Lloyd Thaxton dances with a guest

From Politics to Play: How 1960s TV Influenced Hairspray

A black and white photograph of The Beatles standing with Ed Sullivan

The Beatles with Ed Sullivan

From the 1940s to 1970, American television was comprised of three major networks — ABC, NBC and CBS. It was there that Americans turned for their news and entertainment. In every household across the country, families tuned into their one television set to watch programs together. Then, the next morning, people literally gathered around the water cooler to collectively examine current events.

Walter Cronkite, David Brinkley, Edward Murrow, Barbara Walters. These weren’t just names, they were trusted friends who reported objectively and told it to us straight.

The 1960s was a decade in which television became pivotal in politics with coverage of the civil rights movement, Vietnam, the space race, the first televised political debate and the assassination of President John F. Kennedy.

At the same time, as television audiences grew, so too did programming options with sitcoms and a plethora of variety shows, which, at its peak, boasted 18 different options on only three channels.

Dick Clark at the podium during American Bandstand

American Bandstand

While Tracy Turnblad’s big turn on the “Corny Collins Show” may be fictional, the setting for Hairspray was inspired by both the tumultuous events of the 1960s and the escapism that was offered by the era’s biggest variety shows.

The Ed Sullivan Show (CBS, 1948-1971)

For years, families tuned into “The Ed Sullivan Show” each Sunday evening for a lineup featuring all kinds of entertainment from opera to rock and roll, comedians to actors, and dancers to circus acts. Some of the most notable guests included the Beatles, the Supremes, the Jackson 5, Buddy Holly, Janis Joplin, the Rolling Stones, Dionne Warwick, Barbra Streisand and Elvis Presley who first appeared in 1956 a day after his first major-label release — “Heartbreak Hotel” — which catapulted the 21-year-old singer to the top of the charts and onto his throne as the King of Rock and Roll.

Buddy Deane sits at his turntable

Buddy Deane

American Bandstand (ABC, 1952-1989)

From Philadelphia to LA. From weekday to once a week. From 90 minutes to 30 minutes. From all-white to integrated. “American Bandstand” withstood the whims of its network to sustain a 37-year run on television. Its host, Dick Clark, became an American icon. The show launched The Twist and Y-M-C-A dance moves. And a lineup of some of the best artists from every genre received their debuts as teens across the nation tuned in to watch: Paul Simon and Art Garfunkel, Ike and Tina Turner, Smokey Robinson and the Miracles, Aretha Franklin and Stevie Wonder.

The Buddy Deane Show (WJZ-TV in Baltimore, 1957-1964)

Lloyd Thaxton dances with a guest

The Lloyd Thaxton Show

Considered to be the basis of Hairspray, “The Buddy Deane Show” was a daily, two-and-a-half-hour teen dance show in Baltimore. The concept was similar to the early days of “American Bandstand,” its biggest rival for on-air talent. “The Buddy Deane Show” featured a multi-racial lineup of performers, but when it came to integrating its teenage audience, the network was at odds with Deane. Initially, an all-black audience danced once every two weeks; however, the network felt that the civil rights movement necessitated full integration on a regular basis. After complying for several months and receiving backlash from viewers, Deane insisted on reverting to a racially segregated audience, putting him at odds with WJZ-TV. Ultimately, the dispute led to the end of the program in 1964.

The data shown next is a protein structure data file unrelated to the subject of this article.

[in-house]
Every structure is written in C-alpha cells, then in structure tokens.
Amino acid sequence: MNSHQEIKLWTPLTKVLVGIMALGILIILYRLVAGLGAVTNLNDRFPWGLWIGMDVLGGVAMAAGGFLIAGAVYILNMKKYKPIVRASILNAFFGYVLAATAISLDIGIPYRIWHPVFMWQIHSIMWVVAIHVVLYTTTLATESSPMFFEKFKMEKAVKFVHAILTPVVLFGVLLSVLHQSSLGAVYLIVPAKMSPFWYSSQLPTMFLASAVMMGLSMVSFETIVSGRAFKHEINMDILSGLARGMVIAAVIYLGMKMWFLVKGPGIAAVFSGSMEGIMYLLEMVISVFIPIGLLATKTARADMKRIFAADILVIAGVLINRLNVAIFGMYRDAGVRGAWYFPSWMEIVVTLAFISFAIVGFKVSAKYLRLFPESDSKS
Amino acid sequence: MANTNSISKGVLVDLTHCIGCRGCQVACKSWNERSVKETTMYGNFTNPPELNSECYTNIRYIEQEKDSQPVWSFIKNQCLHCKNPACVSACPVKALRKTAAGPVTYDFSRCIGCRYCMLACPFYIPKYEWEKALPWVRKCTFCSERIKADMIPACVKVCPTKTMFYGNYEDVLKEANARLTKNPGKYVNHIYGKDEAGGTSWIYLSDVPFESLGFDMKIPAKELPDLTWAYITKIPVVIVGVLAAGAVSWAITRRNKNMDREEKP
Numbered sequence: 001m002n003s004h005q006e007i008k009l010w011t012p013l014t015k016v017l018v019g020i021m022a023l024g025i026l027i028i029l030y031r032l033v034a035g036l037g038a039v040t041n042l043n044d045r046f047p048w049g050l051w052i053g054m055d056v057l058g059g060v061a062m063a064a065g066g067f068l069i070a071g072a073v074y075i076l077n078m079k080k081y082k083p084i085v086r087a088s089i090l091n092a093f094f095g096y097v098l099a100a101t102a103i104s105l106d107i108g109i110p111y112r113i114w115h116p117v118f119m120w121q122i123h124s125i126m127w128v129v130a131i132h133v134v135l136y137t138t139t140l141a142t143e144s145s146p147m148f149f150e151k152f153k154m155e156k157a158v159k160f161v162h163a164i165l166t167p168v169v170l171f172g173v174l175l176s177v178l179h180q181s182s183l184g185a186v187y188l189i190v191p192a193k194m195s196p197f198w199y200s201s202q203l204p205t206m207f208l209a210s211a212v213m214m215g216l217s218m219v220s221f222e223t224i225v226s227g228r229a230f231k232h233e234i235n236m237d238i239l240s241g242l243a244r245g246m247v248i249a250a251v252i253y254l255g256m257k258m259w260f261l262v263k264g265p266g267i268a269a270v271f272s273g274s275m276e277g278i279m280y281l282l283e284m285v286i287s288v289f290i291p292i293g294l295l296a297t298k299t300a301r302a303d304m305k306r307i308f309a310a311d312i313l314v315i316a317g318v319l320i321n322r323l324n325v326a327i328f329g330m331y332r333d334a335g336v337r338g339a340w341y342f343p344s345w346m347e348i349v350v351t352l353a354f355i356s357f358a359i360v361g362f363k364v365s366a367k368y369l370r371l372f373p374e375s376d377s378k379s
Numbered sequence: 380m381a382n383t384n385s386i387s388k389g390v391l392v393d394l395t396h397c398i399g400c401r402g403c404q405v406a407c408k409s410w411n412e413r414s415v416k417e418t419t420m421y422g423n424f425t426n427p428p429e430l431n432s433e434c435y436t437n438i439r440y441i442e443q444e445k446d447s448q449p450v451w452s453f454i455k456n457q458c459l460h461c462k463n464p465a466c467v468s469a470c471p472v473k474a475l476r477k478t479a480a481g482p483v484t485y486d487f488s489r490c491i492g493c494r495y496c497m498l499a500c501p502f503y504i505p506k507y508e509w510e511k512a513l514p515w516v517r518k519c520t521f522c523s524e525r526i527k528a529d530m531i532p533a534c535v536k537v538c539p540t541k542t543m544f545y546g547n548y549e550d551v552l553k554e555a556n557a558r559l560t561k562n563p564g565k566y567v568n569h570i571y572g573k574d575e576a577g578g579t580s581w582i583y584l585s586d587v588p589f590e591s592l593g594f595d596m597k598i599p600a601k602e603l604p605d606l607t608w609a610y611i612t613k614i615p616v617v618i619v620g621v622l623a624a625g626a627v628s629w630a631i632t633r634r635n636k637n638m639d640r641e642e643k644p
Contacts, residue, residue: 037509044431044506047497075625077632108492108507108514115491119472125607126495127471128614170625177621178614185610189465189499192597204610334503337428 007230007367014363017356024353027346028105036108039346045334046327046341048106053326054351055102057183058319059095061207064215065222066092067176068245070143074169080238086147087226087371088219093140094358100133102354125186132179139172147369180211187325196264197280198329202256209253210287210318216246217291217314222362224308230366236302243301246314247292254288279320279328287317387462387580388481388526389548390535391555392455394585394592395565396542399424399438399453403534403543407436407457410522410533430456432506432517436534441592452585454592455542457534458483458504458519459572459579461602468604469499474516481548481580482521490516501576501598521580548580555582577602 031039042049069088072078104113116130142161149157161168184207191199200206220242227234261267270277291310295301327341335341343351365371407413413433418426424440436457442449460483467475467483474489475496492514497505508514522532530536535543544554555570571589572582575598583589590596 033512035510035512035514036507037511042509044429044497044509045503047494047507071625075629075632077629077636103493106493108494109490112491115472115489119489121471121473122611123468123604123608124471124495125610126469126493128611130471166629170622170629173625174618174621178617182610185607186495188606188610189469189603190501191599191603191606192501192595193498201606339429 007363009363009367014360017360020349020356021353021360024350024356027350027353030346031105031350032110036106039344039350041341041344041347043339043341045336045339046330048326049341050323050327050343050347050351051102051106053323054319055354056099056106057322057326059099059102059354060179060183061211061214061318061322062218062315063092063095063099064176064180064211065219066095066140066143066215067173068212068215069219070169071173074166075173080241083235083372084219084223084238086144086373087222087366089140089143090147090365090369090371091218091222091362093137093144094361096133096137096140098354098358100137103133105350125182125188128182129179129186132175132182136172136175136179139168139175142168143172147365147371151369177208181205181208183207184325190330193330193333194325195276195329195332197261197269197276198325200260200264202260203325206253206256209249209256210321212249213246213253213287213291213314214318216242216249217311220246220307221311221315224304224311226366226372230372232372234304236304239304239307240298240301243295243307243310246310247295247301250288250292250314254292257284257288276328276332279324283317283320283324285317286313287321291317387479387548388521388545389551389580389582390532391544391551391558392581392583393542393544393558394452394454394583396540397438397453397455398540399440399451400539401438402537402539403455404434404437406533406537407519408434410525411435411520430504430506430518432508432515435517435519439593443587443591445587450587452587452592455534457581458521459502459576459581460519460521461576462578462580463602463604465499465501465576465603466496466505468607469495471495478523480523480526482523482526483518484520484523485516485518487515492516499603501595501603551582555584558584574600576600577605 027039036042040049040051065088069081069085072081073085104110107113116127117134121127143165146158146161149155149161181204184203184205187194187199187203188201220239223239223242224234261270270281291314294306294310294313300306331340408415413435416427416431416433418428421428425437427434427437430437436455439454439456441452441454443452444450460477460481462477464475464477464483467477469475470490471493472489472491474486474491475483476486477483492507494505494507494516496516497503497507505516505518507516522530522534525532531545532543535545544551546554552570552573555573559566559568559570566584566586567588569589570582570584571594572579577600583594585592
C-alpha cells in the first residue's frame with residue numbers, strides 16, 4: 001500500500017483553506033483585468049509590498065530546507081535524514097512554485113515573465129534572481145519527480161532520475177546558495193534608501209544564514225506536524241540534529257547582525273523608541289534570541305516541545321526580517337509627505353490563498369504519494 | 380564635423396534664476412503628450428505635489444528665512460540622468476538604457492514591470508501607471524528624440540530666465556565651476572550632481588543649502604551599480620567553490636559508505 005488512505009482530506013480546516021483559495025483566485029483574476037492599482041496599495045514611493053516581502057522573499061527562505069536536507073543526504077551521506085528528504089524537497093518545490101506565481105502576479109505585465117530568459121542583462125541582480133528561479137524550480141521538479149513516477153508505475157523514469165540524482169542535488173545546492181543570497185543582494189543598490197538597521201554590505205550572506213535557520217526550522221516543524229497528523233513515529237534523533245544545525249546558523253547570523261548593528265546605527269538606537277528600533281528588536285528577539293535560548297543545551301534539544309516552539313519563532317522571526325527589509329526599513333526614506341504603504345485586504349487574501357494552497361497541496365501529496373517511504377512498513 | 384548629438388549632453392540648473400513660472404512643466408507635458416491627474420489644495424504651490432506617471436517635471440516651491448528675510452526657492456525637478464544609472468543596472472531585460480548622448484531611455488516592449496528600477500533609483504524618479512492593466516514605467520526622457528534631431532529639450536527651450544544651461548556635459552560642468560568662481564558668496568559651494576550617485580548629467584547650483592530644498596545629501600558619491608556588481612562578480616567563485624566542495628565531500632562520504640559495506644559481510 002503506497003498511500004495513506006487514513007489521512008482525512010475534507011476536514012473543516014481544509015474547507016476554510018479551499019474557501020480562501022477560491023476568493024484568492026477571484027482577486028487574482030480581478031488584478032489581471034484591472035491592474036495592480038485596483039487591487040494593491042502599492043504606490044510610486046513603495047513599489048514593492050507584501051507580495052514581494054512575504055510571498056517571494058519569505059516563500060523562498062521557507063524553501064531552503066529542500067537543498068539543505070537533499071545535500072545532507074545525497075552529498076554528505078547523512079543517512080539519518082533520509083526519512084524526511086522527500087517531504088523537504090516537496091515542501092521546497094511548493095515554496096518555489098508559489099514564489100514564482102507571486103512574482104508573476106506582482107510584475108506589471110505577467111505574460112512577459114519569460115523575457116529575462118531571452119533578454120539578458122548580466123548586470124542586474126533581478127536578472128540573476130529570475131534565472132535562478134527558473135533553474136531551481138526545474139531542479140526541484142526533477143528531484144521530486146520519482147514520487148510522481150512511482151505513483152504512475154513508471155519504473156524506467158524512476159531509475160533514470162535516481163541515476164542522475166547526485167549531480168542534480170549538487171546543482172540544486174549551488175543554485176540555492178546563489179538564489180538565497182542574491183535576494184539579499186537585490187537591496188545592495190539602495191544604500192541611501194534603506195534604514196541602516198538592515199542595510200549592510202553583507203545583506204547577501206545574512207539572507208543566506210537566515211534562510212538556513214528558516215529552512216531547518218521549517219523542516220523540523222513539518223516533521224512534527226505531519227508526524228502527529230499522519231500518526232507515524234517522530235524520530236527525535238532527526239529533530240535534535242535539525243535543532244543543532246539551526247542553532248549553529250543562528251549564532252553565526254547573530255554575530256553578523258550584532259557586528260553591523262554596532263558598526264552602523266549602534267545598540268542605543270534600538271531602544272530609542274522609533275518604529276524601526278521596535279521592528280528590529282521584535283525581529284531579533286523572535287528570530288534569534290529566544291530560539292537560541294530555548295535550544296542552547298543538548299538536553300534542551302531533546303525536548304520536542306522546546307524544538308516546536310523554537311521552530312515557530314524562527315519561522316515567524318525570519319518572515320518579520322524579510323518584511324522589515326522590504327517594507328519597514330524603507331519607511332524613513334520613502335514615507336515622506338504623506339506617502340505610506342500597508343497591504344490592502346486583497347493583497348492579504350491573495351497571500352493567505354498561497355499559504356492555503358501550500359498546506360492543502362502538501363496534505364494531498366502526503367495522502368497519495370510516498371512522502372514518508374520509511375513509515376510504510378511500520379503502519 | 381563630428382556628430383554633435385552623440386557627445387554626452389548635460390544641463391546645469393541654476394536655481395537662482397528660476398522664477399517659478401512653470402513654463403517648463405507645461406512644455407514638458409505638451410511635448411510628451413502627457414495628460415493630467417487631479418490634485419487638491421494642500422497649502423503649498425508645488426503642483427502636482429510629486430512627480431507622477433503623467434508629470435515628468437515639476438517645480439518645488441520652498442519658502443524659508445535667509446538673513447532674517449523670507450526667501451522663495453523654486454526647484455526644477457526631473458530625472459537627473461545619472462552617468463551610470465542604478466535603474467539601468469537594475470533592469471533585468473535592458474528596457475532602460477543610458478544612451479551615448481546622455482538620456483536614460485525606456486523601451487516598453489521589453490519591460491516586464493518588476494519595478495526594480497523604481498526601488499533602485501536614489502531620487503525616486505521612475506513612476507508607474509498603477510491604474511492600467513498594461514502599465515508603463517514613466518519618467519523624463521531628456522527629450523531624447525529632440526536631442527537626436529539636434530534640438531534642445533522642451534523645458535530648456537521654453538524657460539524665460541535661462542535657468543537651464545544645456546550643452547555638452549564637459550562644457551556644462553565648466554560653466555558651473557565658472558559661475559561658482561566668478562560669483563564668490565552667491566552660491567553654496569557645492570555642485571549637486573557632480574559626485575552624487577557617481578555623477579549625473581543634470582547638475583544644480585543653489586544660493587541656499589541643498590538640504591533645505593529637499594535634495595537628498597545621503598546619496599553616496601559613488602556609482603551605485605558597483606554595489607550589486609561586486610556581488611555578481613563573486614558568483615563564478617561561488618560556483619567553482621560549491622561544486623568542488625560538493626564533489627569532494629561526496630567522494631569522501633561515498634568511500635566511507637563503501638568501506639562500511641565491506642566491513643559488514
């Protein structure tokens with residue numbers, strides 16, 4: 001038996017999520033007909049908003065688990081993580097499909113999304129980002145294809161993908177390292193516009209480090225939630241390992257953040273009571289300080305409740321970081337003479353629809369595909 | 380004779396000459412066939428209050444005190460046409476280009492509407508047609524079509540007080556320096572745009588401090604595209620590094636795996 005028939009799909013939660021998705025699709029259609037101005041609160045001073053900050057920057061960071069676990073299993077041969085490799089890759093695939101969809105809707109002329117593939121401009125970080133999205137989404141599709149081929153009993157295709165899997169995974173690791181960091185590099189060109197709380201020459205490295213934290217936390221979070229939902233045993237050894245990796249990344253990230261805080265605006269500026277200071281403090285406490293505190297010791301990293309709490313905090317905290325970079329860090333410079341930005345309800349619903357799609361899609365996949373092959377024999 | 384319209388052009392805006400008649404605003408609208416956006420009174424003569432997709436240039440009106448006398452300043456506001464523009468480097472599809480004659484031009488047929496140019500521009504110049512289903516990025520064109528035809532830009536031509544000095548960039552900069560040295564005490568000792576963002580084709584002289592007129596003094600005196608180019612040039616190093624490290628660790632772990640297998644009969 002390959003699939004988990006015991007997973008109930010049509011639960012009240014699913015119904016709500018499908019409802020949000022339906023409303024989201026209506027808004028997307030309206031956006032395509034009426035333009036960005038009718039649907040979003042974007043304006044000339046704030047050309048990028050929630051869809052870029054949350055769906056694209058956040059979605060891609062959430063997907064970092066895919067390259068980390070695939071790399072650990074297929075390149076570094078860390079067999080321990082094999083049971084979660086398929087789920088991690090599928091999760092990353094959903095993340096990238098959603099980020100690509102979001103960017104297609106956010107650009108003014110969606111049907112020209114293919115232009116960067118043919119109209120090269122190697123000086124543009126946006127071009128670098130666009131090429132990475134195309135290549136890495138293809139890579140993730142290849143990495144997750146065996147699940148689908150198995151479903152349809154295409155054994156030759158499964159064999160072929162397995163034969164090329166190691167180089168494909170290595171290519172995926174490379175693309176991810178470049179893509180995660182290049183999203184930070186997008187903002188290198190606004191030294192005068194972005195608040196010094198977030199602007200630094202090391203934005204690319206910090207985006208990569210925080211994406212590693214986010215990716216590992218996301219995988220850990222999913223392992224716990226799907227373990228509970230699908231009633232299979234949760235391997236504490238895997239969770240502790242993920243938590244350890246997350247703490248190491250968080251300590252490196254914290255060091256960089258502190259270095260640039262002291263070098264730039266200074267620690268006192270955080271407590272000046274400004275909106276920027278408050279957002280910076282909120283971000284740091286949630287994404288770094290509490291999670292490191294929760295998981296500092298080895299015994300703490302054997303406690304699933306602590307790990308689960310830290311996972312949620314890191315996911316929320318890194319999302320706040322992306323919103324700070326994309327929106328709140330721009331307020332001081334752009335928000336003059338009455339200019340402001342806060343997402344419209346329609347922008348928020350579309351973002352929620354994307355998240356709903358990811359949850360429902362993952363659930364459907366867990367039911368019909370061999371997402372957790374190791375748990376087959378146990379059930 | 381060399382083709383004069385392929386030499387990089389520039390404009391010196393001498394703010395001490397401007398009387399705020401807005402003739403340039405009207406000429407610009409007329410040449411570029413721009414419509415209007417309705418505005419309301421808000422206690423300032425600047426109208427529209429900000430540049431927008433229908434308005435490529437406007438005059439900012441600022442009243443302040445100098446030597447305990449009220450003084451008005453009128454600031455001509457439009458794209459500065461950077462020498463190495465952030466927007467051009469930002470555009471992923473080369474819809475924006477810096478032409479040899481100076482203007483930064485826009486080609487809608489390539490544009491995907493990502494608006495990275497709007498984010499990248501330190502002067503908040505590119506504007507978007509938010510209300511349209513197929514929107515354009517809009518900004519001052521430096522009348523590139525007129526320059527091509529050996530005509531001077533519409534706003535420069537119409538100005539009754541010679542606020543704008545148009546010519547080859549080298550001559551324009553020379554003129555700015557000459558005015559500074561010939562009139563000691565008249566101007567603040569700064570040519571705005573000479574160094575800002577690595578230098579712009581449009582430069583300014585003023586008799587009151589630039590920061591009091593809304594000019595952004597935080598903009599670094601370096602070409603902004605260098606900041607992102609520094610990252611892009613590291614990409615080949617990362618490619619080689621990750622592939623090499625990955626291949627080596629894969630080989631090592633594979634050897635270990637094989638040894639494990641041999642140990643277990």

The Lloyd Thaxton Show (National Syndication, 1961-1967)

5th Dimension and Don Cornelius on Soul Train

5th Dimension and Don Cornelius on Soul Train

Former used car salesman and disc jockey Lloyd Thaxton hosted “The Lloyd Thaxton Show” from 1961-1967. Modeled after “American Bandstand,” the hour-long program featured zany antics from the host, guest artists, and pre-teens and teens dancing to the latest hits of the day. What originally started as a Los Angeles TV broadcast, was syndicated in 1964, becoming the highest-rated musical entertainment program in the nation. It aired five days a week in the US and Canada.

Soul Train (National Syndication, 1971-2006)

In an era where entertainment was dominated by white executives, “Soul Train” was produced by black people for a black audiences. Conceived of by Don Cornelius, “Soul Train” began as a concert tour for Chicago high schools. But Cornelius had bigger aspirations and secured a sponsorship with Sears & Roebuck to develop the concept into a live, week-day show. It soon caught the eye of other investors and was ultimately nationally syndicated for 35 years. With more than 1,100 episodes, it was one of the longest-running first-run syndicated programs in the country.